A Simple Trick For Designing Cars

Illustration for article titled A Simple Trick For Designing Cars
Screenshot: Frank Stephenson

I have my issues with the McLaren P1's design. Alright, I have one issue: there is a FAKE WINDOW on a top-tier hypercar. Regardless! The car’s designer Frank Stephenson explained how he penned the thing, and gave a good tip on how to make a car look good in the process.

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Here’s the video of Stephenson re-designing the P1 for a new audience, coming up on eight years after it made its debut:

Now, the P1, fake window aside, is a really charming car design in that it is extraordinarily curvaceous. It’s a swoopy machine, particularly for something that’s not actually any longer than a Toyota Corolla.

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In describing the design work, Stephenson spends a lot of time talking about influence from looking at animals, and claims that he got the idea of adding little vortex generators (not greatly unlike what you’d see on a Mitsubishi Evo) from, staring at sailfish. He even produces some pictures of a sailfish painted in 2000s McLaren colors. I need to know where this fish is, but I’m getting away from the point. Stephenson claims that animals have a kind of “shrinkwrapped” look that makes them inherently eyecatching, and that sporty car design should follow this trend.

Again, I really don’t agree with this idea. There are plenty of cool-looking animals that don’t have all their muscles popping out, like seals, or bugs that look like leaves. If there was a car that was designed to look like a round seal, I’m sure people would buy it.

Still, Stephenson’s discussion of draping as little car as you can over the necessary components is a straightforward one. As you can see, he starts off drawing the wheels:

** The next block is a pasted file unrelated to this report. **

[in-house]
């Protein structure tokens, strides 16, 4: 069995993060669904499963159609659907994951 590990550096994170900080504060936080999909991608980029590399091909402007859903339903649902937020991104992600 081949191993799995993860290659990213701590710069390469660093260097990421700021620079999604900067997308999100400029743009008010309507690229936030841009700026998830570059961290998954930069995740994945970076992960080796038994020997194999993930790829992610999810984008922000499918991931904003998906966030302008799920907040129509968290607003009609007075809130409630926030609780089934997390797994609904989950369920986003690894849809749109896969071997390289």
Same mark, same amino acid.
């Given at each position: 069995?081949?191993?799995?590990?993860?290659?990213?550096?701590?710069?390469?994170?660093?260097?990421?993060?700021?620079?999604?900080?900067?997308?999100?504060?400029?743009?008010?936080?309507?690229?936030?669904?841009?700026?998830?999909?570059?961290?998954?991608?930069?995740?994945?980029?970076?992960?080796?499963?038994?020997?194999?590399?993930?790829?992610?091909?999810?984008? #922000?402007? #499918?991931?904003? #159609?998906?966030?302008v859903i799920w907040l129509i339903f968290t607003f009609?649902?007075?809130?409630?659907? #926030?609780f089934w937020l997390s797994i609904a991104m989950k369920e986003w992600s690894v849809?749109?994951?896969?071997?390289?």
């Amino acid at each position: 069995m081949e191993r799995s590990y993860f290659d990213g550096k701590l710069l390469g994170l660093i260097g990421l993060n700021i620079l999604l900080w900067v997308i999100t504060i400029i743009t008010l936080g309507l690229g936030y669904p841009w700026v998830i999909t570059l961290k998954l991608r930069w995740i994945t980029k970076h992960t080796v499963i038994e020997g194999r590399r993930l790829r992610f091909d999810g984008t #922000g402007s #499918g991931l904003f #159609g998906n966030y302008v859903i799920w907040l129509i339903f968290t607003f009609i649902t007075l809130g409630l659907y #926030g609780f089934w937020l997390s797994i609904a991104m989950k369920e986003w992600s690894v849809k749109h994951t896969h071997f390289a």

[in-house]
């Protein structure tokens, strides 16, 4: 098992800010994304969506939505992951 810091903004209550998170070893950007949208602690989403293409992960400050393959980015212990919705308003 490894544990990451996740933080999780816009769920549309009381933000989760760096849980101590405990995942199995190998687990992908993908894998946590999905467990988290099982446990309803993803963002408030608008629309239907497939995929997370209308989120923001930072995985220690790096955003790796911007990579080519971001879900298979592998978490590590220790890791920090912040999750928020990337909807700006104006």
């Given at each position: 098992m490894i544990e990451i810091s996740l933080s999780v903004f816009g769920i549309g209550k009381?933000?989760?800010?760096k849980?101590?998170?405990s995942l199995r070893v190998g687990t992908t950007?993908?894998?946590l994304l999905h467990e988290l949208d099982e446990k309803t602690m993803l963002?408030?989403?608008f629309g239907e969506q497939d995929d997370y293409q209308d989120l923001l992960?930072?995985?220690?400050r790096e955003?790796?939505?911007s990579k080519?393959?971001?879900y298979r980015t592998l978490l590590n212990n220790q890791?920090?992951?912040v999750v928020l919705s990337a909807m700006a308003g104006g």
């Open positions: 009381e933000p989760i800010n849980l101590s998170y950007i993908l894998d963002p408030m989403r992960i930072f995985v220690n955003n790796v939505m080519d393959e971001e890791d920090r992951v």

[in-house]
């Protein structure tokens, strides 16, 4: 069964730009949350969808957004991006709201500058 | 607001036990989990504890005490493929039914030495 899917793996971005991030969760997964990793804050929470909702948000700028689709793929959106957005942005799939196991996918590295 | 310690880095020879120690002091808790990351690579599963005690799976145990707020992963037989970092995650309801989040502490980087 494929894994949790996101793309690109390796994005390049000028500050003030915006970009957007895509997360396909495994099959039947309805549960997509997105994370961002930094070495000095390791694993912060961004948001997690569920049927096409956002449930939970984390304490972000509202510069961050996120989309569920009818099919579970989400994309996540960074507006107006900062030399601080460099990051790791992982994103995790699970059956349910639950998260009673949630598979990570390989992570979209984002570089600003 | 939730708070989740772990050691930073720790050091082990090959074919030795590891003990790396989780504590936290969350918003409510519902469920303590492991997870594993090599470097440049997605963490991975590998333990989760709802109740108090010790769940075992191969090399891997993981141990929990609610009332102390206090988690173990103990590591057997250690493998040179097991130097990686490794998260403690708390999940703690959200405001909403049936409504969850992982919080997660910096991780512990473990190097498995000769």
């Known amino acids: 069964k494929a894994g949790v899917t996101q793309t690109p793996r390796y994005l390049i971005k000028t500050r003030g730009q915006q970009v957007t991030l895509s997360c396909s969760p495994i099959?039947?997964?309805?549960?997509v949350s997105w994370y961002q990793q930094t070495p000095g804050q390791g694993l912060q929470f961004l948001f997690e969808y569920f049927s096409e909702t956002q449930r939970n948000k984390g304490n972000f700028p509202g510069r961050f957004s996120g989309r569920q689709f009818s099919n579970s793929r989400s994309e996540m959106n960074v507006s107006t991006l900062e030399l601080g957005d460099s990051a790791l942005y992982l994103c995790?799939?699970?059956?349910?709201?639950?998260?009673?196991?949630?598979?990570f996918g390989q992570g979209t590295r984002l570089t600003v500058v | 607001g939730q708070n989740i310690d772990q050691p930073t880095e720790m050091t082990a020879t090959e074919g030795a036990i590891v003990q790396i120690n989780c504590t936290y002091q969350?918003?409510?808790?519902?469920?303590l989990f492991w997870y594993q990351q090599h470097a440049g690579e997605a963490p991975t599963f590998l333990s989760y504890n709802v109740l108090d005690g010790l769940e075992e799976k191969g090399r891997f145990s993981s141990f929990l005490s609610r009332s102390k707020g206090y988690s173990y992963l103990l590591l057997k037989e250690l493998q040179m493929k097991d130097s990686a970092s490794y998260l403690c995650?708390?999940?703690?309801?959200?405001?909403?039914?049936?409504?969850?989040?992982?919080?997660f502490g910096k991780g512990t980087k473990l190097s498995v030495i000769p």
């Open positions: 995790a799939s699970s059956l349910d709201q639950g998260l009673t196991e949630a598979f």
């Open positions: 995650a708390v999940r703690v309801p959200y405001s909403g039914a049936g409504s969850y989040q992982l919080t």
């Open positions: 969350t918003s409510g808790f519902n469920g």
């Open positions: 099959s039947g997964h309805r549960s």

Illustration for article titled A Simple Trick For Designing Cars
Screenshot: Frank Stephenson
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And then quickly moves on to laying out where the driver will sit and how much space the engine and transmission will take up:

Illustration for article titled A Simple Trick For Designing Cars
Screenshot: Frank Stephenson
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Everything else covers that with as little excess space as possible, and you end up with a low, charming design. It’s not a question of elaborate proportions, but it is a simple way to make a car look good. It’s honest! Unlike that side window that leads to a vent and nothing else.

Raphael Orlove is features editor for Jalopnik.

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DISCUSSION

I’d say the way to design cool cars is the opposite.

First you make it look cool.

Then you hand it over to the engineers and say “fit people and an engine in here somewhere.”

Old Corvettes come to mind. Styling first, engineering second. I love old Corvettes because of the styling, but holy cow, apart from the fiberglass body and the rear IRS on the C2/C3, the car is basically a 55 Chevy underneath. The whole C3 Corvette was an aerodynamic disaster as originally styled.

It worked though, because 5 year old me fell in love with the Corvette and I have a C3.